but an expansion of cultural and aesthetic experience.”9
Salman Rushdie is a diasporic writer, though not fit in the definition of Boehmer according to whom diasporas are the children of migrants. He describes his identity as an Indian writer in England as being “made up of bits and fragments from here and there.”10 In his brilliant treatise Imaginary Homelands (1991) Rushdie asserts “that literature is an expression of nationality” and “books are always praised for using motifs and symbols out of the author’s own national tradition … and when the influences at work upon the writer can be seen to be wholly internal to the culture from which he springs.”11 This very idea influenced all diasporic writers worldwide. Living in one country and writing about their own has been the primordial purpose of diasporic writers Nationalist in thoughts, native in cultures and indigenous in languages are the main instruments of diasporic writings.
For Rushdie being an immigrant is bliss. He says in the aforesaid treatise that the immigrant who loses his roots, language and social norms “is obliged to find new ways of describing himself, new ways of being human.”12 Rushdie clarifies what the fictional preoccupation of these writers is:
“… exile or emigrants or expatriates are haunted by some sense of loss, some argue to reclaim, to look back even at the risk of being mutated into pillars of salt. But we do look back, we must also do so in the knowledge– which gives rise to profound uncertainties–that our physical alienation from India almost inevitably means that we will not be capable of reclaiming precisely the thing that was lost, that we will, in short, create fictions, not actual cities or villages, but invisible ones, imaginary homelands, Indias of the mind.”13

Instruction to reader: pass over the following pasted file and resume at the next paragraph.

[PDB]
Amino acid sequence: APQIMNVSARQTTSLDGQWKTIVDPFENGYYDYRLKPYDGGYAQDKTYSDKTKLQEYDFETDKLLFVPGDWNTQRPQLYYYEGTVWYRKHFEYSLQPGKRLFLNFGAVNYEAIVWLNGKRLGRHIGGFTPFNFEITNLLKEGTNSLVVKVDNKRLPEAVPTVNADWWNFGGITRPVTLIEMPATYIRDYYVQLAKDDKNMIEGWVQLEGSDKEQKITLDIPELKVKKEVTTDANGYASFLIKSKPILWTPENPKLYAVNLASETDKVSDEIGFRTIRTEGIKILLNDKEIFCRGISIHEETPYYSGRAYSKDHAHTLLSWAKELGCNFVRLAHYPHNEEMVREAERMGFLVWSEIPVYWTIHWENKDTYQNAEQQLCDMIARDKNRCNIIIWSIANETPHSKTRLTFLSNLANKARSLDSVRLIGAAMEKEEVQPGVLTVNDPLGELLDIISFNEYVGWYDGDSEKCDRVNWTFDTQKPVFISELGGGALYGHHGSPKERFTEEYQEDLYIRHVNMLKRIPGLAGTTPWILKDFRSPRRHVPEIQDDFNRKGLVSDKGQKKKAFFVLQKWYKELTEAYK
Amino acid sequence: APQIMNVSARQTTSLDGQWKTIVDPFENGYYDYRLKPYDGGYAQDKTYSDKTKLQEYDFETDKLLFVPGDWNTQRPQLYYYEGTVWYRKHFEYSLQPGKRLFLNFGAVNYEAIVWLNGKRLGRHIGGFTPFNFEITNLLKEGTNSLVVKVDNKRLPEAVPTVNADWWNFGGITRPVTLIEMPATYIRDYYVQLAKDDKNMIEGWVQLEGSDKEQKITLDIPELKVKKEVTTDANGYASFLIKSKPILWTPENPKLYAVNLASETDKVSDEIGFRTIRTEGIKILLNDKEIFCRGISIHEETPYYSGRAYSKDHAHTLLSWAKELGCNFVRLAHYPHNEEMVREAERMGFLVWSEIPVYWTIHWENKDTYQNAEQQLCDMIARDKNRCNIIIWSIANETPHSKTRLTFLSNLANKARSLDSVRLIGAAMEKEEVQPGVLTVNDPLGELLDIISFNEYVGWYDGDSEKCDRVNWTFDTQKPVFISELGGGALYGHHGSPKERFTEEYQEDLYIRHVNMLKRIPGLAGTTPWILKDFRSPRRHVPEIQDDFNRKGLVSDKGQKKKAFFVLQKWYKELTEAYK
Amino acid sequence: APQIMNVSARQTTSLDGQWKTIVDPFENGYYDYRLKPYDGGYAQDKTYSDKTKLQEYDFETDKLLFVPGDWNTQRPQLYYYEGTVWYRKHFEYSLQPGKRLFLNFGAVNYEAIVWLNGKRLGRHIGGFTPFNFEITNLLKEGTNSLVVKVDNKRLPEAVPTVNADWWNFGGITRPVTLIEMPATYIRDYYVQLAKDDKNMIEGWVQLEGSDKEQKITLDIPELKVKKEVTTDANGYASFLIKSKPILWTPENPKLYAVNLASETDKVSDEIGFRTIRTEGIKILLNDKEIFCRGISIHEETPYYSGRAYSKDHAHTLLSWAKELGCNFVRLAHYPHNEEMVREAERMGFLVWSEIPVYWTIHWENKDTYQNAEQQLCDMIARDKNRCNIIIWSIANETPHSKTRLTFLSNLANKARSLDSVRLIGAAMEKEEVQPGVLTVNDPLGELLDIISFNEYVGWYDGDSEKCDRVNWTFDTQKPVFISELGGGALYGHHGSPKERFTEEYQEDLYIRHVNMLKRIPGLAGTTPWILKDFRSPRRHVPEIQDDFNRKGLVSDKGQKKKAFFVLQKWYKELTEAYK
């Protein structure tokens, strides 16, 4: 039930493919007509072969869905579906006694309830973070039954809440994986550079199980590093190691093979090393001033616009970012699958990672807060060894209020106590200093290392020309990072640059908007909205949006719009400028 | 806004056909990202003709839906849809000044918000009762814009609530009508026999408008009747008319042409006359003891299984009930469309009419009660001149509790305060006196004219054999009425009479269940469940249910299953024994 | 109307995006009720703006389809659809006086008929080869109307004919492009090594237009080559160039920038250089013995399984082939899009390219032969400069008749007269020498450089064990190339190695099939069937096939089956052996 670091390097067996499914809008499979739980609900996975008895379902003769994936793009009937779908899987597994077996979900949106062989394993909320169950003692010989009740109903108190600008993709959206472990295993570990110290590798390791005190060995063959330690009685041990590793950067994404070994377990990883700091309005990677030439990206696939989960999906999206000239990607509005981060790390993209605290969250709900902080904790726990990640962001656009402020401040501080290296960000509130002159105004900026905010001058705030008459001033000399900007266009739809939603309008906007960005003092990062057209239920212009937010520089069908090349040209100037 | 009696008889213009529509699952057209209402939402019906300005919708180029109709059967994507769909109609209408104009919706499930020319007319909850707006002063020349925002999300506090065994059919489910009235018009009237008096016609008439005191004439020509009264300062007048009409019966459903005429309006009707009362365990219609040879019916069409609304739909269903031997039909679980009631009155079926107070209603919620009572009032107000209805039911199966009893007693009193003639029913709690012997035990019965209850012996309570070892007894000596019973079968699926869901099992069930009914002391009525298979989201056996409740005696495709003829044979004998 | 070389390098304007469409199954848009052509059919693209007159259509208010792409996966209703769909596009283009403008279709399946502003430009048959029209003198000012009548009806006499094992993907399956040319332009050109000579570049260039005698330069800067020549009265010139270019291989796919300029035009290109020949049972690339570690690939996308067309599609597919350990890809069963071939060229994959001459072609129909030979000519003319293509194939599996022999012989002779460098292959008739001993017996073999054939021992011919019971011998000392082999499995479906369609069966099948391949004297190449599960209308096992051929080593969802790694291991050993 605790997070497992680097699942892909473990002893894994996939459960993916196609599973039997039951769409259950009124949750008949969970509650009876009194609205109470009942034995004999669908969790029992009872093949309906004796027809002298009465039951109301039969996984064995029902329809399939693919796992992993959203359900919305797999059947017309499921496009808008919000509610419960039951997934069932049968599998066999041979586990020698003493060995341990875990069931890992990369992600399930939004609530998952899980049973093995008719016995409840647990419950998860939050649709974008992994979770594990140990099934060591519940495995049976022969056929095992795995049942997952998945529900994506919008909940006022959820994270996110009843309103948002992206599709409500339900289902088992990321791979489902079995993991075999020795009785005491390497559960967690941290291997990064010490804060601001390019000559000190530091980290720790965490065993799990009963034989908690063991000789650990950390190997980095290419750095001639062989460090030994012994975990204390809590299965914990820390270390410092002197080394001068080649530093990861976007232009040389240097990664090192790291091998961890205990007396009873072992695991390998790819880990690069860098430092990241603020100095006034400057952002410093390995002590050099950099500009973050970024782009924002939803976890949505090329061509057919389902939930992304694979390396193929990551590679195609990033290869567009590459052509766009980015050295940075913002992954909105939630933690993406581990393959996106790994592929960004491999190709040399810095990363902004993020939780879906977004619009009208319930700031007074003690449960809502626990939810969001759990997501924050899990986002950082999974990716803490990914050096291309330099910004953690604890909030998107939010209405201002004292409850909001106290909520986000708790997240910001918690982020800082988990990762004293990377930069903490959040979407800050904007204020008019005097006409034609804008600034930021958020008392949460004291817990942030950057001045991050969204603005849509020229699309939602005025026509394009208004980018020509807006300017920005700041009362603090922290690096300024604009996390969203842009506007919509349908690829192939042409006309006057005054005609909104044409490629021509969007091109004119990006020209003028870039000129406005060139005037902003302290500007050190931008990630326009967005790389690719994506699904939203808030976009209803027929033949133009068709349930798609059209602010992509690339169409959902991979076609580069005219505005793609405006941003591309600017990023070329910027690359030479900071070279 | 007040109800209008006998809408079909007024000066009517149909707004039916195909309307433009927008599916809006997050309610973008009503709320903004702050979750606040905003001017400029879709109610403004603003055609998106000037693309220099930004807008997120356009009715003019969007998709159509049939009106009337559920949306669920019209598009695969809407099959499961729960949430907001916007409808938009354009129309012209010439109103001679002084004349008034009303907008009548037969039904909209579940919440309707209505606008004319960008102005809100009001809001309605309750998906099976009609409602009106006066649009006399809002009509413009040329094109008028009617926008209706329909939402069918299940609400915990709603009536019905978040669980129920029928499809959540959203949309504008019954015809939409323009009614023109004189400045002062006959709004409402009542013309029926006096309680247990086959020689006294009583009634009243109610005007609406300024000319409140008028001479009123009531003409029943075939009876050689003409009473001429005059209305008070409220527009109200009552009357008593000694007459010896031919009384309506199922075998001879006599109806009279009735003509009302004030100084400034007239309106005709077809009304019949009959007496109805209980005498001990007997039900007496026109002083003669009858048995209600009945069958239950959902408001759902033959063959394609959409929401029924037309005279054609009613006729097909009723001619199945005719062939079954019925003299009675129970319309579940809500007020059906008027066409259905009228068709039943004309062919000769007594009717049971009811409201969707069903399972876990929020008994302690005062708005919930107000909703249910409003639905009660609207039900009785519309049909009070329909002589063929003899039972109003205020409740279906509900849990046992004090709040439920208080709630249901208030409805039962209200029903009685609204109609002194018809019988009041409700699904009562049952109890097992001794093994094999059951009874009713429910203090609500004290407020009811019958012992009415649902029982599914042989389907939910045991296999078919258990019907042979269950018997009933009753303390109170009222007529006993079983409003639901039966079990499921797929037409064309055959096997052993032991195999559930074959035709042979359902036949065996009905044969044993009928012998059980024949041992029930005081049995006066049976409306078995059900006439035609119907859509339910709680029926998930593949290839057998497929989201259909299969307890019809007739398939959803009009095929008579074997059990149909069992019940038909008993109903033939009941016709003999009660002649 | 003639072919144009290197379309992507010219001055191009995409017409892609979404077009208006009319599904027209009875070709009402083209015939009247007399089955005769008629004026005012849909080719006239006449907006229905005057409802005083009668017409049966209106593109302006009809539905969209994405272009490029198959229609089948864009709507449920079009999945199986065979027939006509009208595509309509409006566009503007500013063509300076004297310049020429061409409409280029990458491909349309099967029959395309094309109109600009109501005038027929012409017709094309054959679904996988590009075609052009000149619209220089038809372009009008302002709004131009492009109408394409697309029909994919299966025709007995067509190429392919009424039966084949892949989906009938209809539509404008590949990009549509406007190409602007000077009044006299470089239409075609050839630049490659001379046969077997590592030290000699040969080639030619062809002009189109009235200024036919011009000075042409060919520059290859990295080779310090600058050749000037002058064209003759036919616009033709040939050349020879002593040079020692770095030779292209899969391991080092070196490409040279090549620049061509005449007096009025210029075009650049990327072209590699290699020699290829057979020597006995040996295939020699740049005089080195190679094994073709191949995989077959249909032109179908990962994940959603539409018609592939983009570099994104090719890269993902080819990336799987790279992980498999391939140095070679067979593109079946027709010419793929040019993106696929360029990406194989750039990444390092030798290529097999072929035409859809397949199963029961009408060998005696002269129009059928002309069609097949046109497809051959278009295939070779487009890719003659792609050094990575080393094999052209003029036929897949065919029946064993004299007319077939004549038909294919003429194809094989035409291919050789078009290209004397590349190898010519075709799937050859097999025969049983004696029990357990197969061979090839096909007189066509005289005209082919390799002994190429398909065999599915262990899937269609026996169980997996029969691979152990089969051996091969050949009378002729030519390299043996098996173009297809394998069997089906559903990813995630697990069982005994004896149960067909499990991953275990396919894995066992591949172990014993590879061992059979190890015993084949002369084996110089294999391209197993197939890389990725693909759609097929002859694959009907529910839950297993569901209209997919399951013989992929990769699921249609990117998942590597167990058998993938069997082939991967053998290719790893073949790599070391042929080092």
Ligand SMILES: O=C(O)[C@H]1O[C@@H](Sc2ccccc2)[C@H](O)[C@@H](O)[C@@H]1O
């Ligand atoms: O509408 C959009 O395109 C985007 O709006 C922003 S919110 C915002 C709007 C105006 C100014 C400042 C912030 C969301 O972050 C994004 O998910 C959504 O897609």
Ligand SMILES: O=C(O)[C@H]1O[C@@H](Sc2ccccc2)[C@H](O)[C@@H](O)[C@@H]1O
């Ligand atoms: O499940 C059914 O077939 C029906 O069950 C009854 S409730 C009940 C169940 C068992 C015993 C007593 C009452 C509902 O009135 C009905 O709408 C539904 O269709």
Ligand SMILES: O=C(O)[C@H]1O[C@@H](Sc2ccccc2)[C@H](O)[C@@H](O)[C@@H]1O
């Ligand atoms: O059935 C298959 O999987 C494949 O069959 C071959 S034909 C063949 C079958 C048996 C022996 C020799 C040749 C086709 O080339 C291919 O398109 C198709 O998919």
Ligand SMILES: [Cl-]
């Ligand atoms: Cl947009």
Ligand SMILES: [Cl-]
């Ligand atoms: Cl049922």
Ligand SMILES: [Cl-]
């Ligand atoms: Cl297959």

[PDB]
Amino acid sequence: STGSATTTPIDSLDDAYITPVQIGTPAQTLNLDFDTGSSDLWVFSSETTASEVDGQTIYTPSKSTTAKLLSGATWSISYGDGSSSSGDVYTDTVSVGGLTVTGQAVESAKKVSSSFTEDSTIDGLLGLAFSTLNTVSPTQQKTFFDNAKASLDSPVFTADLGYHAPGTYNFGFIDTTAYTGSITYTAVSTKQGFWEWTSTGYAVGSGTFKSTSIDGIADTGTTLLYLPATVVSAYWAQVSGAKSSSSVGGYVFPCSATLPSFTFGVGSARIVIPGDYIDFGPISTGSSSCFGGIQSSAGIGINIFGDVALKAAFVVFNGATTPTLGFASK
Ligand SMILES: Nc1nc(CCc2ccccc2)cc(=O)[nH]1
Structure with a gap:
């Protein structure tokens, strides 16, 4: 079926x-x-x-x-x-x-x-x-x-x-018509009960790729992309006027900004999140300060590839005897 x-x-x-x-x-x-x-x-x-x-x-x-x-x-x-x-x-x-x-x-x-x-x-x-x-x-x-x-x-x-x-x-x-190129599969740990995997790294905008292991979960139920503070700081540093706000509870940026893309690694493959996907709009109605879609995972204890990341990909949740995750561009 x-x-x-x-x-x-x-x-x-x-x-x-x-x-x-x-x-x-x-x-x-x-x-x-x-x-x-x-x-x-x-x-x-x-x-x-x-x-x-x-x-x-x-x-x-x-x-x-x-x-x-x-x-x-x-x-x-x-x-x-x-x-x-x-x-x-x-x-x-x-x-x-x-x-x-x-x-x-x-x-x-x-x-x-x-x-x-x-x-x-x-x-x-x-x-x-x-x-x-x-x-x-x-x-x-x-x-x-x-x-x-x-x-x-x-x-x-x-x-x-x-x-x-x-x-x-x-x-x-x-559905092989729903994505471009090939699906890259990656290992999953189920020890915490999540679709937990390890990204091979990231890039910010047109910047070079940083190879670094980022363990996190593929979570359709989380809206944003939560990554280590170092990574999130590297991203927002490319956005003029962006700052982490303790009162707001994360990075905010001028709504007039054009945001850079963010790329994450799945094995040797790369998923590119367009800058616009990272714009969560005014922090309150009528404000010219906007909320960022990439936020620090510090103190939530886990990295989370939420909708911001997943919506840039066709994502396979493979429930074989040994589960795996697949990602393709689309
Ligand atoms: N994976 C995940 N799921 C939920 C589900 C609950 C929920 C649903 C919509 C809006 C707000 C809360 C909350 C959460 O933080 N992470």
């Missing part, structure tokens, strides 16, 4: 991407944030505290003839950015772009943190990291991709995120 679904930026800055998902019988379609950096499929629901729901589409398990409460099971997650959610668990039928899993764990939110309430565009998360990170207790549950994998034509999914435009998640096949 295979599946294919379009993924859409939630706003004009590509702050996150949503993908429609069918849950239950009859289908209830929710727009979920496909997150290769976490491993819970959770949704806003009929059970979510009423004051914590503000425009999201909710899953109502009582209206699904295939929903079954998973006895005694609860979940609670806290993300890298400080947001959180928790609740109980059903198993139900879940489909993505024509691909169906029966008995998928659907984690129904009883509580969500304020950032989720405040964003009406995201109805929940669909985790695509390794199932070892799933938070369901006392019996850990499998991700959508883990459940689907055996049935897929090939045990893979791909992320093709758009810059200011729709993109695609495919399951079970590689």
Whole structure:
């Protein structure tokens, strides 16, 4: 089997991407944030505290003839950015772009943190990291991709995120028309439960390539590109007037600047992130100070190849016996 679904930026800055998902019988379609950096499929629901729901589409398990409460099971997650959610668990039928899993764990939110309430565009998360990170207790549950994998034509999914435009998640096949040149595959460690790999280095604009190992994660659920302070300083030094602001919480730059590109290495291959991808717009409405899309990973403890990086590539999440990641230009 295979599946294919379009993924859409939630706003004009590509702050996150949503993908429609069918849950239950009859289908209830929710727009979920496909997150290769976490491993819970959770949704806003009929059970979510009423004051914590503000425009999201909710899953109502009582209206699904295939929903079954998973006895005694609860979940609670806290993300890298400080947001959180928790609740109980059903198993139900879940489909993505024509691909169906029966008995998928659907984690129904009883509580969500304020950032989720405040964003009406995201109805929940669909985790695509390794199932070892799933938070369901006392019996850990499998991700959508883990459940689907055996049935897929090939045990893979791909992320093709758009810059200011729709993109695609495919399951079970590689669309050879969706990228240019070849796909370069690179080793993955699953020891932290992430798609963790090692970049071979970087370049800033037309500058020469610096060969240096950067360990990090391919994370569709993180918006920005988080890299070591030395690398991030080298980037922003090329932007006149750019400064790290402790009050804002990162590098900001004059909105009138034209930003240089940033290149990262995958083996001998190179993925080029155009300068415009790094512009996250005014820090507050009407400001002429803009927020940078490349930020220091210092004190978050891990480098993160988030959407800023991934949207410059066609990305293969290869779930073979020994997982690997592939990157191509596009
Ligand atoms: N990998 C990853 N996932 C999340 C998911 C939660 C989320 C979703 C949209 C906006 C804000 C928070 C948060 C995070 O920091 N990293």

Rushdie is very suspicious of history that is why, after all, he is interested in a third world counter narrative. He presents history in his fiction not historically or as a historian or historical novelist does but magically. He fictionalizes reality with the help of fantasy and becomes magic realist.
For Rushdie “History is always ambiguous. Facts are hard to establish and capable of being given many meanings.”14 Rushdie claims to prefer the mode of fairytale which eschews direct reference to actual historical events. He thinks that realism can break a writer’s heart.
All Rushdie fictions, from his Booker winning novel, Midnight’s Children to the last one, The Enchantress of Florence are riddled with migrant terminology. Several parents father Saleem Sinai, the protagonist of the Midnight’s Children, the case of Omar Khayyam, the hero of Shame is almost the same. Though these two novels are more political than fictional, their characters are the representatives of the subalterns and marginal. At the time of writing these novels, Salman Rushdie himself was being mothered by second mother, Britain metaphorically not literally. Rushdie himself in the words of Nayantara Sahgal is a “Schizophrenic author.” She goes on to explain Schizophrenia as “a state of mind and feeling that is firmly rooted in particular subsoil but above ground has a more fluid identity that doesn’t fit comfortably into any single mould .”15
Midnight’s Children “exploits a range of literary and cultural resources from allegory, satire and surrealism to Hindi cinema, Hindu mythology, science fiction, detective novel, American ‘westerners’ political slogans and advertising jingles.”16 The novel runs from the infamous Amritsar Massacre to the inauguration of the sovereign socialist and democratic republic of India with Nehru as its first premier, the language